As hosts we sometimes go to graduations that are not our own or not those of our children. Families of international students cannot always come to graduation. With that in mind, Parth had one final request. So the Krumroys had the honor of attending his graduation. We call ourselves host families, and we become family in many ways for our international students. The Krumroys thrilled with their experience, now ask others to open their hearts and homes to students and to share the inspiration and the special delight that comes along with it.

Note from Joy Krumroy: This year we were able to meet and have over for Thanksgiving dinner five other incredible men all from India but diverse backgrounds and from different parts of the sub-continent. They were excited to talk about common things and differences they had with one another. We have extended an open door over the winter break and have let them know about community activities through the first of the new year. Three of them know I am working on learning new vegetarian dishes.

The Kumroy family and their 2022 Thankgiving guests

"Why Not Add A Few More?"

That was the Thanksgiving motto of Host-A-Boiler hosts, Heather and Tom St. Myer. Ten international students joined Heather, Tom, and their seven children for that delightful day.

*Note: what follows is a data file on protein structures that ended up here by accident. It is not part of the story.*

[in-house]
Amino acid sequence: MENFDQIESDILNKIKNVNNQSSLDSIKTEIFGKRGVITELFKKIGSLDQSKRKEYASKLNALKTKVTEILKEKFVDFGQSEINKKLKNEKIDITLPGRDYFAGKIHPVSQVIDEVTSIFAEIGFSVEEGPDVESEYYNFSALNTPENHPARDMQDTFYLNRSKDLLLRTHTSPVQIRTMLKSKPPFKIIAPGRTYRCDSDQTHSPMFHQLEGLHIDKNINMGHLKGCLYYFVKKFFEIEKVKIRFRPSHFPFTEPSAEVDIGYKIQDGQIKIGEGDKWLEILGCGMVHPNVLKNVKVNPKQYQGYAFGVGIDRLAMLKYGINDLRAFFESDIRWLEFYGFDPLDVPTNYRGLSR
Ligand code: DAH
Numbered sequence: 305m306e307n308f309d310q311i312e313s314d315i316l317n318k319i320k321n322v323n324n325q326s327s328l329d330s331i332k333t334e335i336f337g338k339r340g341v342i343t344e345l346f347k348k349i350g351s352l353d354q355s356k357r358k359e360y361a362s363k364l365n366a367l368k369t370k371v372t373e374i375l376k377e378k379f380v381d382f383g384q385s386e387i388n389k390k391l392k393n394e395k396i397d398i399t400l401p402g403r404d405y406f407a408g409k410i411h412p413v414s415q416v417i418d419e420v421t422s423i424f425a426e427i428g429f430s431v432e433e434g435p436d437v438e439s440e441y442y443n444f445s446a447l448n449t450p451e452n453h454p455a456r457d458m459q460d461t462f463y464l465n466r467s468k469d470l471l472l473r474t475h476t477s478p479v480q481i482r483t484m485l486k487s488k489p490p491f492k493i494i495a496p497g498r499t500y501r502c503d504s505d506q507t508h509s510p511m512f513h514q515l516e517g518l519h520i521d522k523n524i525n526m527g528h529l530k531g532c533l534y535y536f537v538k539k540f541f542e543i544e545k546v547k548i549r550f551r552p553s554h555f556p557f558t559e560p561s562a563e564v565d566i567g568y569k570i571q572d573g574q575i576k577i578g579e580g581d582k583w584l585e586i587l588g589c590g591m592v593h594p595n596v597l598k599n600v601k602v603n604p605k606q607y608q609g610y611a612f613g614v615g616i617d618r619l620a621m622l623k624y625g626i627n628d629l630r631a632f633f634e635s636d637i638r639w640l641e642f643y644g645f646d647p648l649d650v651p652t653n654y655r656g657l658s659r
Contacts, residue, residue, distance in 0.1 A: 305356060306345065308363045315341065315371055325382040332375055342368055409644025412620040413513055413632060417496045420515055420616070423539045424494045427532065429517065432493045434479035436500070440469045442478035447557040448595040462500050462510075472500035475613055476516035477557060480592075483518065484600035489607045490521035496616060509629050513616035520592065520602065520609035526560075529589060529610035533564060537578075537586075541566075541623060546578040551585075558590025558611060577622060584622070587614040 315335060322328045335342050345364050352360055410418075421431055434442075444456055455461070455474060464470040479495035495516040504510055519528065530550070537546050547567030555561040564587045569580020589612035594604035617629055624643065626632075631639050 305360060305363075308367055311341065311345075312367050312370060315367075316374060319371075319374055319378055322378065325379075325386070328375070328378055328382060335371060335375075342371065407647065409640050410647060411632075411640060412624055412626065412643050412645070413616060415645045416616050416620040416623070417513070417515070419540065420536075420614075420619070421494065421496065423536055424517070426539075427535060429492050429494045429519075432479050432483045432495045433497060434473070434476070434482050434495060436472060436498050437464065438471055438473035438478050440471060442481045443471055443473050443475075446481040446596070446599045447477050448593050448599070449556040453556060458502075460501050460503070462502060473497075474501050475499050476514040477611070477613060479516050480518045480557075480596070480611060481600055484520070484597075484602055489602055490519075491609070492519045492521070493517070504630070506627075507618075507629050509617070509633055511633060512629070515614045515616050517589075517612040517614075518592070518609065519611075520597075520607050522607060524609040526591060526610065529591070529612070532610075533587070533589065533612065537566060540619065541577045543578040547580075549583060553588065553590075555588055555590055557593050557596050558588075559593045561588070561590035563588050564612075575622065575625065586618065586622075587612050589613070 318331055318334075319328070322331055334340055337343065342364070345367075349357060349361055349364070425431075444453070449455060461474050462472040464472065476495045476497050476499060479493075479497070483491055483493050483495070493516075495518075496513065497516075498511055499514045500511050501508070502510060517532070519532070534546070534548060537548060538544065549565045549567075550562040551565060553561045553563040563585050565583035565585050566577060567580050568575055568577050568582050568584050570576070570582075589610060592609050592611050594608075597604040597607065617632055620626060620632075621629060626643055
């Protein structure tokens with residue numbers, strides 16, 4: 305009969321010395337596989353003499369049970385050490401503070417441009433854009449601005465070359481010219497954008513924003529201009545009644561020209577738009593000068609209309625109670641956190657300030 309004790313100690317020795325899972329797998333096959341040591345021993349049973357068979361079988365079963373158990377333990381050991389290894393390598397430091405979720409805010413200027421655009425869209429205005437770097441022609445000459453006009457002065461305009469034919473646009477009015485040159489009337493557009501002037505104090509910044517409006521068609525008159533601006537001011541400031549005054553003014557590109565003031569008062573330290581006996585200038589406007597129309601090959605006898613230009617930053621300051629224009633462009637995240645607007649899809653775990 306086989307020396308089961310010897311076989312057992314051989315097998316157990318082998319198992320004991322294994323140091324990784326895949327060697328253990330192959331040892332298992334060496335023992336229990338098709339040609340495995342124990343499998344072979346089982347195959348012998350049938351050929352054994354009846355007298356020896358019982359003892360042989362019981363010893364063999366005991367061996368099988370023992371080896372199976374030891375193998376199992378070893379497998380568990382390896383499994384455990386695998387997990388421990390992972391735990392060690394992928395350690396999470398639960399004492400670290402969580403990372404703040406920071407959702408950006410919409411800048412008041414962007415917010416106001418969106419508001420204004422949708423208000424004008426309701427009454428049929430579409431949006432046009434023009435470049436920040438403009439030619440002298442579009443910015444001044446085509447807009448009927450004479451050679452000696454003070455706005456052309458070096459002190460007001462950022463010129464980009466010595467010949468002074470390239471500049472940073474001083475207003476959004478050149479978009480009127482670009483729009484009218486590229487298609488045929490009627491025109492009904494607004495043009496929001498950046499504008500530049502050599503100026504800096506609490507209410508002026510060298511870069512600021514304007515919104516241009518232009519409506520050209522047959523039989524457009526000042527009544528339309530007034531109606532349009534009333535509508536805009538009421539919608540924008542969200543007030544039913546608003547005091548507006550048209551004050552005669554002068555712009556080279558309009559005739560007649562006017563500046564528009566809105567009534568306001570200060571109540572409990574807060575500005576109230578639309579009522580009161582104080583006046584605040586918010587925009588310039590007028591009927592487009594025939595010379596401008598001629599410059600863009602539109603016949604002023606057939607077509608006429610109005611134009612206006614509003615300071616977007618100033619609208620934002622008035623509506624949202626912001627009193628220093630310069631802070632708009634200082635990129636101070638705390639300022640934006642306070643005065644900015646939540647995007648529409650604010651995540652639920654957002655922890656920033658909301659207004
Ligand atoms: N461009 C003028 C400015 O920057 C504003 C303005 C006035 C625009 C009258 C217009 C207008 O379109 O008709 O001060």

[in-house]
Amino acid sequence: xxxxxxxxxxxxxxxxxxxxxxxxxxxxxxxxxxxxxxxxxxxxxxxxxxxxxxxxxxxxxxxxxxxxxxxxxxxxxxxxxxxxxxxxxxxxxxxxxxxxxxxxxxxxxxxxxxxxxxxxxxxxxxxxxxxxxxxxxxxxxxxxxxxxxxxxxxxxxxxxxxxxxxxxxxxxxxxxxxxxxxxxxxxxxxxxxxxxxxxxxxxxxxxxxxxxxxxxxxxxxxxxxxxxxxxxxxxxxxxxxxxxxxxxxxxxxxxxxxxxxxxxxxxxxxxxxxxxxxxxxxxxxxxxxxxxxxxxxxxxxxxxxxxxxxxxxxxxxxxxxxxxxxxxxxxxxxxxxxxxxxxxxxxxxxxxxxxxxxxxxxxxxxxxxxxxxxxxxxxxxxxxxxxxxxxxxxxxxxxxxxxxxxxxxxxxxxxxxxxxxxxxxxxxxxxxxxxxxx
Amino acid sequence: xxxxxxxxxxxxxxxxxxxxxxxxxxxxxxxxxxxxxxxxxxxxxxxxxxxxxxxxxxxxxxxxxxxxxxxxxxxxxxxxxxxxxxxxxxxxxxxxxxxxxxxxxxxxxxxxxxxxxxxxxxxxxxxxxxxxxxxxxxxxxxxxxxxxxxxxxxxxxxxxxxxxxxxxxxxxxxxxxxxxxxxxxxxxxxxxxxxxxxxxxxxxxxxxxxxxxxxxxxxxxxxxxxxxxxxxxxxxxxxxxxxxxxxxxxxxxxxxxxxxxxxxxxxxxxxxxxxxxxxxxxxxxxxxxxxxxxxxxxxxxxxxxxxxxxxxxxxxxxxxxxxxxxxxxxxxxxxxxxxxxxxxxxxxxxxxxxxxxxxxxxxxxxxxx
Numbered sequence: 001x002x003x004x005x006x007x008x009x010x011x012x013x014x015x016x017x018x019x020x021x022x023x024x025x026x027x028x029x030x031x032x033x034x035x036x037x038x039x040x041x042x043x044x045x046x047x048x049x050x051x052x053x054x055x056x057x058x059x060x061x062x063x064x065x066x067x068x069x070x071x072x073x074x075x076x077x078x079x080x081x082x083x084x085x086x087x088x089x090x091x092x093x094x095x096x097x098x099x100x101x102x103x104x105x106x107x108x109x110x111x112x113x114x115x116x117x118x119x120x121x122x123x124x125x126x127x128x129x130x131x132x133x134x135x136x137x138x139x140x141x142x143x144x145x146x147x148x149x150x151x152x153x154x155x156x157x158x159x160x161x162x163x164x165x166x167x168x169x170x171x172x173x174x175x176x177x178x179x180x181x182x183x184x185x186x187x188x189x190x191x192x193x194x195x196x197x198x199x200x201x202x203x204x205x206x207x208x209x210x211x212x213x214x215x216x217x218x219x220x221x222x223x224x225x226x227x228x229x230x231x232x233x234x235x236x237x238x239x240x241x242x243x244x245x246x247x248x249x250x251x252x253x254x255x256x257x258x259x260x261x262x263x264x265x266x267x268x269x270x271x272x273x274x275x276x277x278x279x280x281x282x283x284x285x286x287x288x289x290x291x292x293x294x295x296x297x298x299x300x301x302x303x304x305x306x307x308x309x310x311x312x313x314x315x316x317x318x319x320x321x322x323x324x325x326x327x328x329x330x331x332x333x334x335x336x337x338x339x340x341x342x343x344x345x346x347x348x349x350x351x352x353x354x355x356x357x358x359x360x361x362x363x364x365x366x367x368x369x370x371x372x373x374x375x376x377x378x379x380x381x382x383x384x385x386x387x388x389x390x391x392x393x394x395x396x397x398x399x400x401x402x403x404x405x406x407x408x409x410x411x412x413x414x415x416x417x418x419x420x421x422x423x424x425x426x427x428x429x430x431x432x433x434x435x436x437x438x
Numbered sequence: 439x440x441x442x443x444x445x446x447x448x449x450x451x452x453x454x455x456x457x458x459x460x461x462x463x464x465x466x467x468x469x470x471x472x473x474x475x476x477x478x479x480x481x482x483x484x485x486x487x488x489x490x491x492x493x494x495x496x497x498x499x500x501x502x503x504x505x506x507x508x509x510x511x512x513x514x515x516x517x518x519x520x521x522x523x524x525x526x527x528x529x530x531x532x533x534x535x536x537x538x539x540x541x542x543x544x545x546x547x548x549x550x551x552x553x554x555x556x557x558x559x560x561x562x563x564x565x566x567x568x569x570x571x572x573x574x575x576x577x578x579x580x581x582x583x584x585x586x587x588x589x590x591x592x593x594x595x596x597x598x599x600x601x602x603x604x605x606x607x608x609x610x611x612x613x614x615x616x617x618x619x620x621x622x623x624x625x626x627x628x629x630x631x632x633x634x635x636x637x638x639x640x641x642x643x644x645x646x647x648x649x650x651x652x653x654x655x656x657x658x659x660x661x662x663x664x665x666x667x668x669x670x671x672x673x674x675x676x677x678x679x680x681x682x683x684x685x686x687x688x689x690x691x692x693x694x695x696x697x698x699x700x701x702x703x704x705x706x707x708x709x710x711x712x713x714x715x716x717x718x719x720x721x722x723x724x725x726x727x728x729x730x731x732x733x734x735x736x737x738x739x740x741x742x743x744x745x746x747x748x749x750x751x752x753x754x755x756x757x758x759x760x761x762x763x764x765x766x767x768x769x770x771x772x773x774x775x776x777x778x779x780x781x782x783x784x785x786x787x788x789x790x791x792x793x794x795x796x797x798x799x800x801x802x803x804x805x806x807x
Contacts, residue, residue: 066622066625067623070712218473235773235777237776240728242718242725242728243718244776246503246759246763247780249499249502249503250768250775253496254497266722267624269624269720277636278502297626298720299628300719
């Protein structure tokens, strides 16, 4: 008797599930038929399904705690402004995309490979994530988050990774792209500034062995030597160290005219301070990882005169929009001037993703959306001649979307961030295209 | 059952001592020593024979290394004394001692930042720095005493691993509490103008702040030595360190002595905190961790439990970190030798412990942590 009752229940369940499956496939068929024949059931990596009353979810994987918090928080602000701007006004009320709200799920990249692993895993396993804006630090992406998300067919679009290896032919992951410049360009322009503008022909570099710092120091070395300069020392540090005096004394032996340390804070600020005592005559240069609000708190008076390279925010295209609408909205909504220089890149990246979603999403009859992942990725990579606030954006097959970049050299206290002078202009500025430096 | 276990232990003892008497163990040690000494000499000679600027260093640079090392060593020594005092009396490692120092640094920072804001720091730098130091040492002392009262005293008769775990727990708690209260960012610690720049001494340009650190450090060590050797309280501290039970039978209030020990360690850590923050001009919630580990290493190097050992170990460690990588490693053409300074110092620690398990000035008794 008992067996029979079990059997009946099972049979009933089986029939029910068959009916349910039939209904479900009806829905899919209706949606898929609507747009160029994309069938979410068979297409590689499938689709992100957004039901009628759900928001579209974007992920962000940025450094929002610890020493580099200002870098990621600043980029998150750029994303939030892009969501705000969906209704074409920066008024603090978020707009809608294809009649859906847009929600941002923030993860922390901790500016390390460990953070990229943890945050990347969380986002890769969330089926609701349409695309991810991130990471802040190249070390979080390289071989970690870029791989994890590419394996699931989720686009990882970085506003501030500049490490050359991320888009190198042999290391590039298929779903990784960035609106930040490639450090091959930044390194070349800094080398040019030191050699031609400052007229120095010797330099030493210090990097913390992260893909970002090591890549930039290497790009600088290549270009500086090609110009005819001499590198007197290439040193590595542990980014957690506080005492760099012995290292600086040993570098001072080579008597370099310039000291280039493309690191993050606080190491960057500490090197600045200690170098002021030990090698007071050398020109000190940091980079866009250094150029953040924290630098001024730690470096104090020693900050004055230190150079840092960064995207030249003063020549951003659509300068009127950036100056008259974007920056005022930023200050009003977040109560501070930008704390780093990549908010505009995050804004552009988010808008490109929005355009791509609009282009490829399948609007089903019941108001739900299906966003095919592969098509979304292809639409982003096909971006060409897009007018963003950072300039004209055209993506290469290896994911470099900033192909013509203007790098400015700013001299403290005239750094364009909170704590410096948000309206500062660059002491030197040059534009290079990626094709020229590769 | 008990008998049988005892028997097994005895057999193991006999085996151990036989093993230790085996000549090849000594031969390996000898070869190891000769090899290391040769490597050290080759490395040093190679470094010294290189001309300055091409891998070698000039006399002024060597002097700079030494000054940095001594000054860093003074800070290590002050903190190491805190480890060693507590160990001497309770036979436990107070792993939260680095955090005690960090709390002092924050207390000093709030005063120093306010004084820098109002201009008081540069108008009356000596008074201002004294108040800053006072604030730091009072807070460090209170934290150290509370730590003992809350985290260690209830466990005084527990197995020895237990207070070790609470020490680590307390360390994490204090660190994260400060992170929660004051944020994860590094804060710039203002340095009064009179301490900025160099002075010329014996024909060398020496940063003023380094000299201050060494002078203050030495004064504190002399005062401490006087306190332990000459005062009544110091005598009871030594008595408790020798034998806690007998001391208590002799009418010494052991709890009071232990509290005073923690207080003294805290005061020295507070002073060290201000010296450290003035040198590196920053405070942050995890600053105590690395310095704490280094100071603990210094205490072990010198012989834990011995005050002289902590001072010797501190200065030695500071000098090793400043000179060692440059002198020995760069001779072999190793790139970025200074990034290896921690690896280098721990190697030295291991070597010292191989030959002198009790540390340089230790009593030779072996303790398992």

Lots of good food, both traditional and vegetarian, was followed by personal stories, conversation and happy laughter. Potential barriers quickly came down, as students from diverse countries bonded with the St. Myer family and one another in a memorable holiday celebration.

President Mitch Daniels initiated Host-A-Boiler in his first year at Purdue to help international students far from home avoid holiday loneliness and isolation. Each year, scores of host families both within and without IFP participate enthusiastically in this most successful program. The St. Myer family embraced it in their own special style.

It all began during freshman year at Harrison Hall. Heather and Tom came to Purdue to pursue their studies in engineering. They met, married, and began their own Boilermaker Family. They earned the first St. Myer Purdue degrees. There would be more.

Oldest son Xavier has already obtained his degree in chemistry. Oldest daughter Samantha is working toward hers in actuarial sciences. Twin sons Montgomery and Jackson are establishing their majors in Purdue programs that match their interests. The three youngest are likely to come aboard to continue the family tradition.

It was no surprise that Heather and Tom became hosts in Host-A-Boiler. Tom has traveled extensively during his professional career, meeting people from different places. International guests often graced the St. Myer dinner table. Host-A-Boiler was a perfect way for Heather and Tom to continue their enjoyment of international friendship.